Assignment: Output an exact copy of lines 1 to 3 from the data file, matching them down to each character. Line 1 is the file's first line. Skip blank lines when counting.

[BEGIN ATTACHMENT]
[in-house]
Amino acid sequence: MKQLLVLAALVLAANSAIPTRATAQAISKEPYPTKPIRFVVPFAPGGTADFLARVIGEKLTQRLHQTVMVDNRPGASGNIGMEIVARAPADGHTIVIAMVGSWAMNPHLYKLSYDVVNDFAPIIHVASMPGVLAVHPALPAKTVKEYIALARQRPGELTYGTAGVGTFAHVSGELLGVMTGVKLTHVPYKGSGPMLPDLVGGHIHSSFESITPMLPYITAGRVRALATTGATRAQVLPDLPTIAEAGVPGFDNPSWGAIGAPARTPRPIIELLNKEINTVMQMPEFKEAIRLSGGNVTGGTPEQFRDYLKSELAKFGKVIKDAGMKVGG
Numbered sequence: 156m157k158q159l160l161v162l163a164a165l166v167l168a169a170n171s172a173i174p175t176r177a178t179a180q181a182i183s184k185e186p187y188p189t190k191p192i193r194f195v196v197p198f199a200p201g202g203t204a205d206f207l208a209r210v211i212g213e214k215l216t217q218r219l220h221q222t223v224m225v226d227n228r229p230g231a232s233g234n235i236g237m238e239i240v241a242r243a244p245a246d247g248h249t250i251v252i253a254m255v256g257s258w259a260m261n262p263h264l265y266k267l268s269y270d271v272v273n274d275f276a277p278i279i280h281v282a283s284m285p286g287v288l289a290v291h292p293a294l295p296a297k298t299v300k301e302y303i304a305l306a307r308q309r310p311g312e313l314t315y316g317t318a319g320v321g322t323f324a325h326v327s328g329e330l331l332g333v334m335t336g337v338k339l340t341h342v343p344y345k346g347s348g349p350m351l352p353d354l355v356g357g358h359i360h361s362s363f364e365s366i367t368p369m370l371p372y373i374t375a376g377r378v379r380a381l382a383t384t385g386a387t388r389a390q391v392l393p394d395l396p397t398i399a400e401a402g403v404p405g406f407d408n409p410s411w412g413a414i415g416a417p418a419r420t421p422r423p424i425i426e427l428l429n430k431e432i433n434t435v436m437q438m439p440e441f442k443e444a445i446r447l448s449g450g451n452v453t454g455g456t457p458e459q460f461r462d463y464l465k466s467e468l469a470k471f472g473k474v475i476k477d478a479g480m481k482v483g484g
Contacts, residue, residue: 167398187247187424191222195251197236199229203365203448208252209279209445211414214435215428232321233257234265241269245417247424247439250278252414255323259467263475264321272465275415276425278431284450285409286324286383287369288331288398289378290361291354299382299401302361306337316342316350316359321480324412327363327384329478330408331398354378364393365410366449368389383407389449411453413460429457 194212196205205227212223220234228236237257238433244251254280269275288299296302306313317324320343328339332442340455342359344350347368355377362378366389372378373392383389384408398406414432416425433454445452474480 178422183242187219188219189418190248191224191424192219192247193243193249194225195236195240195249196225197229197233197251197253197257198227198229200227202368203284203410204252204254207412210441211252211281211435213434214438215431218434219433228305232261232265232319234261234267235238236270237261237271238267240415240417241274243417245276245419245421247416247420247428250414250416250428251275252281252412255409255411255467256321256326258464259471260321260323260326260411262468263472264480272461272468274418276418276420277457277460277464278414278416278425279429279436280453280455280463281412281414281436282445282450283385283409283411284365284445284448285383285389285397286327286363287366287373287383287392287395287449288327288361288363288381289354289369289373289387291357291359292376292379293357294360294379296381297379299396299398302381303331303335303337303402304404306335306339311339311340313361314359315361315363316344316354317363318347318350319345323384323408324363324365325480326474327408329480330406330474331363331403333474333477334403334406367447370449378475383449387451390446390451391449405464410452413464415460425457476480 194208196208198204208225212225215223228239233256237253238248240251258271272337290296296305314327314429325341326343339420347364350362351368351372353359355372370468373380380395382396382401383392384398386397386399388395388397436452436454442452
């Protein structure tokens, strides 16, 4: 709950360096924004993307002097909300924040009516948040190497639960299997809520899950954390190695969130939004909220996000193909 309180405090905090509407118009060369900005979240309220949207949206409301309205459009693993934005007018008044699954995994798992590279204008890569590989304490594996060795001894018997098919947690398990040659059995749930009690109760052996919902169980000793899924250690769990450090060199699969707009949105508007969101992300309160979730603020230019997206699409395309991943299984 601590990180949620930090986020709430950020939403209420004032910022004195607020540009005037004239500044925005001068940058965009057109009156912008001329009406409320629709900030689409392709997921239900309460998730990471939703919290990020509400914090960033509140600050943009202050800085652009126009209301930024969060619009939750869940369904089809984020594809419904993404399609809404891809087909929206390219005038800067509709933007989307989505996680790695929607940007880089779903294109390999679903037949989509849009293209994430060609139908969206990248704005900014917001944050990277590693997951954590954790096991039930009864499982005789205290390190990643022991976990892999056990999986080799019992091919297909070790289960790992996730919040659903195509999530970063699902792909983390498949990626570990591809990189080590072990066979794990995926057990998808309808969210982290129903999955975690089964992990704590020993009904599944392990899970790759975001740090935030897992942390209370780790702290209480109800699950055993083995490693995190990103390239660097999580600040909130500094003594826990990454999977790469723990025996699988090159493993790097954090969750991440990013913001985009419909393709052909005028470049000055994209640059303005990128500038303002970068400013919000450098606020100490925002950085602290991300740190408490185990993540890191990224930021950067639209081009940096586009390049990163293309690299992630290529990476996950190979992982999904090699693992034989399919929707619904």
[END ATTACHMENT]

[in-house]
Amino acid sequence: MKQLLVLAALVLAANSAIPTRATAQAISKEPYPTKPIRFVVPFAPGGTADFLARVIGEKLTQRLHQTVMVDNRPGASGNIGMEIVARAPADGHTIVIAMVGSWAMNPHLYKLSYDVVNDFAPIIHVASMPGVLAVHPALPAKTVKEYIALARQRPGELTYGTAGVGTFAHVSGELLGVMTGVKLTHVPYKGSGPMLPDLVGGHIHSSFESITPMLPYITAGRVRALATTGATRAQVLPDLPTIAEAGVPGFDNPSWGAIGAPARTPRPIIELLNKEINTVMQMPEFKEAIRLSGGNVTGGTPEQFRDYLKSELAKFGKVIKDAGMKVGG
Numbered sequence: 156m157k158q159l160l161v162l163a164a165l166v167l168a169a170n171s172a173i174p175t176r177a178t179a180q181a182i183s184k185e186p187y188p189t190k191p192i193r194f195v196v197p198f199a200p201g202g203t204a205d206f207l208a209r210v211i212g213e214k215l216t217q218r219l220h221q222t223v224m225v226d227n228r229p230g231a232s233g234n235i236g237m238e239i240v241a242r243a244p245a246d247g248h249t250i251v252i253a254m255v256g257s258w259a260m261n262p263h264l265y266k267l268s269y270d271v272v273n274d275f276a277p278i279i280h281v282a283s284m285p286g287v288l289a290v291h292p293a294l295p296a297k298t299v300k301e302y303i304a305l306a307r308q309r310p311g312e313l314t315y316g317t318a319g320v321g322t323f324a325h326v327s328g329e330l331l332g333v334m335t336g337v338k339l340t341h342v343p344y345k346g347s348g349p350m351l352p353d354l355v356g357g358h359i360h361s362s363f364e365s366i367t368p369m370l371p372y373i374t375a376g377r378v379r380a381l382a383t384t385g386a387t388r389a390q391v392l393p394d395l396p397t398i399a400e401a402g403v404p405g406f407d408n409p410s411w412g413a414i415g416a417p418a419r420t421p422r423p424i425i426e427l428l429n430k431e432i433n434t435v436m437q438m439p440e441f442k443e444a445i446r447l448s449g450g451n452v453t454g455g456t457p458e459q460f461r462d463y464l465k466s467e468l469a470k471f472g473k474v475i476k477d478a479g480m481k482v483g484g